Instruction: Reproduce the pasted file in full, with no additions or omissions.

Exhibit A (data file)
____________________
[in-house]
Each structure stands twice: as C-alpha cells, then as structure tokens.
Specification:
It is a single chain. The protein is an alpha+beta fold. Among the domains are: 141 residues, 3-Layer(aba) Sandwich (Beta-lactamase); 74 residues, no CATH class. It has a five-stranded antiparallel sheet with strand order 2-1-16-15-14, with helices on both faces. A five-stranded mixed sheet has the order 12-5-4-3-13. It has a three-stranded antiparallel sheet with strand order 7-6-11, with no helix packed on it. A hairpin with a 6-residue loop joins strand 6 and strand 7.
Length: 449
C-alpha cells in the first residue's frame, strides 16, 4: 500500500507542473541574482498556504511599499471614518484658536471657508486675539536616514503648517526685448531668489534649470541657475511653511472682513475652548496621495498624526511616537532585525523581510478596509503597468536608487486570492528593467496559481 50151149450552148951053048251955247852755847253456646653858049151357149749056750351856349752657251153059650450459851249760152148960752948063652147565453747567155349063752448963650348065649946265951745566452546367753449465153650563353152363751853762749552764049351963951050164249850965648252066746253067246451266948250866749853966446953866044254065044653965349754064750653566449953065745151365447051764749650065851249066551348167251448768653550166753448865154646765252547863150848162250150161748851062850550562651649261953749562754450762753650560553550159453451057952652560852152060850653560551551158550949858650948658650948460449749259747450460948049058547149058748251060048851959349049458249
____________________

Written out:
[in-house]
Each structure stands twice: as C-alpha cells, then as structure tokens.
Specification:
It is a single chain. The protein is an alpha+beta fold. Among the domains are: 141 residues, 3-Layer(aba) Sandwich (Beta-lactamase); 74 residues, no CATH class. It has a five-stranded antiparallel sheet with strand order 2-1-16-15-14, with helices on both faces. A five-stranded mixed sheet has the order 12-5-4-3-13. It has a three-stranded antiparallel sheet with strand order 7-6-11, with no helix packed on it. A hairpin with a 6-residue loop joins strand 6 and strand 7.
Length: 449
C-alpha cells in the first residue's frame, strides 16, 4: 500500500507542473541574482498556504511599499471614518484658536471657508486675539536616514503648517526685448531668489534649470541657475511653511472682513475652548496621495498624526511616537532585525523581510478596509503597468536608487486570492528593467496559481 50151149450552148951053048251955247852755847253456646653858049151357149749056750351856349752657251153059650450459851249760152148960752948063652147565453747567155349063752448963650348065649946265951745566452546367753449465153650563353152363751853762749552764049351963951050164249850965648252066746253067246451266948250866749853966446953866044254065044653965349754064750653566449953065745151365447051764749650065851249066551348167251448768653550166753448865154646765252547863150848162250150161748851062850550562651649261953749562754450762753650560553550159453451057952652560852152060850653560551551158550949858650948658650948460449749259747450460948049058547149058748251060048851959349049458249